ALINA SIMONE: There are people making viruses, selling viruses. There are distributors whose specialty is distributing viruses. These perpetrators, they don’t have to know a line of code. They can just buy a virus and then hire a distributor and send it out.  And it’s kind of just an off the shelf, you know—

    WILLIAM BRANGHAM:  Wow. Plug and play corruption.

    ALINA SIMONE: Right. And so that’s sort of the scariest thing that, just one person can just unleash all of this chaos and malice on the world with very little effort.

    WILLIAM BRANGHAM:  Her mom’s story, however, wasn’t over.  Inna had paid the hackers $500 — but rather than releasing her files as promised — they sent her this message.  It said “You did not pay in time for decryption.”  Remember, she’d paid two hours late — now the hackers doubled the ransom to $1000, gave her another deadline, and said if she missed this one, they’d delete everything.

    INNA SIMONE:  If you won’t pay by then, all your files are gone forever.

    WILLIAM BRANGHAM:  Using a message board the hackers provided (another customer-friendly touch) Inna pleaded with the people she’d previously told to ‘drop dead:’ “We had a snowstorm” … “It was a holiday” and lastly: “I am only two hours late!”

    INNA SIMONE:  So first I sent them about all these obstacles and the fact that I was only two hours late and this is really harsh.

    WILLIAM BRANGHAM:  Did this feel strange that you’re trying to communicate to a group of criminals — who knows where they are in the world — saying “You don’t understand… the post office, the snow, Thanksgiving, the long weekend…”  I mean you must’ve felt–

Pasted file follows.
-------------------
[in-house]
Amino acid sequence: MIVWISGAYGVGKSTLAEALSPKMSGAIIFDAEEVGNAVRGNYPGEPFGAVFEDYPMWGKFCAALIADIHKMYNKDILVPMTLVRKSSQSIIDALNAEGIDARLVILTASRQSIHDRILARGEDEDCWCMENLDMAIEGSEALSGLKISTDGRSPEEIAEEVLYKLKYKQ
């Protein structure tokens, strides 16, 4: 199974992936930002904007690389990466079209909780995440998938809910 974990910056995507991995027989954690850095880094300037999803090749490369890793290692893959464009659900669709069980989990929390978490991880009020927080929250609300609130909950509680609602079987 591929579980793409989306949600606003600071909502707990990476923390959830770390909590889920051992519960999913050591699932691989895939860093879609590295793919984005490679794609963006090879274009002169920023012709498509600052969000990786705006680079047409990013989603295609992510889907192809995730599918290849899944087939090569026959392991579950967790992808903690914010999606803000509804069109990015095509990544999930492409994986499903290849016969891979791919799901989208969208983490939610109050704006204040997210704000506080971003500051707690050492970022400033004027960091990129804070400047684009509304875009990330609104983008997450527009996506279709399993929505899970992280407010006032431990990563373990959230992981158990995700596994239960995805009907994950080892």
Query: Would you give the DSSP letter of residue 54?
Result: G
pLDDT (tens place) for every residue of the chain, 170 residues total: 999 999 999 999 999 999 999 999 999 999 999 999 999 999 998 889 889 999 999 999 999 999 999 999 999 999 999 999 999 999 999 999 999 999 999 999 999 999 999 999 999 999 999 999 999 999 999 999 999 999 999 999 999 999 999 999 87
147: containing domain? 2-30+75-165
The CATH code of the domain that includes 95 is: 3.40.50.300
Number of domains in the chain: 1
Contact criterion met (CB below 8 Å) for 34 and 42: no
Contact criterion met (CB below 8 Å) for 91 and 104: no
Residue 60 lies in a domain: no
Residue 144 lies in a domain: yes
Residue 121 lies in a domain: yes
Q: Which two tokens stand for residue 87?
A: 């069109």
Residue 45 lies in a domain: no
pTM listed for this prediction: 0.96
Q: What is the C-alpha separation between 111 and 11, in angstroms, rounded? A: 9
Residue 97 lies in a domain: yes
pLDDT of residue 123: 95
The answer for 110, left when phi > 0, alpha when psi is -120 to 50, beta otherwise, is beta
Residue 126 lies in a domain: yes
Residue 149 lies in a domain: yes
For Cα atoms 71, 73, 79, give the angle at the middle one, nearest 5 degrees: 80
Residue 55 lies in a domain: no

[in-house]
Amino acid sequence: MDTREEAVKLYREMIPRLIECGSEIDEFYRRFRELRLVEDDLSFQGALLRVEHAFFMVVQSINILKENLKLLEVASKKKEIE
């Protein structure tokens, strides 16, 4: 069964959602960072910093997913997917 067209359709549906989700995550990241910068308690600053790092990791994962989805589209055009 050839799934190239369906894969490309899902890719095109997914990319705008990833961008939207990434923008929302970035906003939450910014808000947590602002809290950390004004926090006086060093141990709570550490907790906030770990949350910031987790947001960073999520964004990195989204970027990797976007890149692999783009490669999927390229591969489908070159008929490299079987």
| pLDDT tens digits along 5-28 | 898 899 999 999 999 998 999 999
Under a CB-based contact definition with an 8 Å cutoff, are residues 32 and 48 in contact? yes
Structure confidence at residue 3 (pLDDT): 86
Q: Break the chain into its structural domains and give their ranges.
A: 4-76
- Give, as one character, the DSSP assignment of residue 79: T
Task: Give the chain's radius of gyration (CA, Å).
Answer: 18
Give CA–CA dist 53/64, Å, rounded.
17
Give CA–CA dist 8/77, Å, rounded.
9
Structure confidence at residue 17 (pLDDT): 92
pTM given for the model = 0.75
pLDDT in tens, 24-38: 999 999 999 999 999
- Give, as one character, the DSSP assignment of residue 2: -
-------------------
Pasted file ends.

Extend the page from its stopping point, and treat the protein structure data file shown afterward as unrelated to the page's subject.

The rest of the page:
INNA SIMONE:  But what else?  I mean, this is the only option. It’s either this or nothing.

    WILLIAM BRANGHAM:  You didn’t think it would work.

    INNA SIMONE:  Absolutely not.

    WILLIAM BRANGHAM:  But later that day, the hackers released her files in full.

    The post The hack attack that takes your computer hostage till you pay appeared first on PBS NewsHour.

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    Republican presidential candidate U.S. Senator Ted Cruz (R-TX) speaks at the First in the Nation Republican Leadership Conference in Nashua, New Hampshire April 18, 2015.  Photo by Brian Snyder/REUTERS.

    Republican presidential candidate U.S. Senator Ted Cruz (R-TX) speaks at the First in the Nation Republican Leadership Conference in Nashua, New Hampshire April 18, 2015. Photo by Brian Snyder/REUTERS

    NASHUA, N.H. — Republican presidential candidates and hopefuls were in New Hampshire this weekend for a party conference, the first gathering of its kind this year in the first-in-the-nation primary state. Politicians already in the 2016 race or considering a run gave speeches, answered questions from voters and reporters and tested their campaign skills in stops across the state. Some things to know about the state of the race:


    One thing is clear after 20 presidential prospects campaigned in New Hampshire this weekend: The 2016 Republican primary contest is wide open. The establishment favorite, former Florida Gov. Jeb Bush, continues to struggle with his party’s base; Wisconsin Gov. Scott Walker and Florida Sen. Marco Rubio proved they deserve serious consideration; Texas Sen. Ted Cruz and New Jersey Gov. Chris Christie flashed extraordinary political skills and Kentucky Sen. Rand Paul continued his push to create a new coalition. Several others with impressive resumes – Ohio Gov. John Kasich among them – were also on hand, fighting to emerge.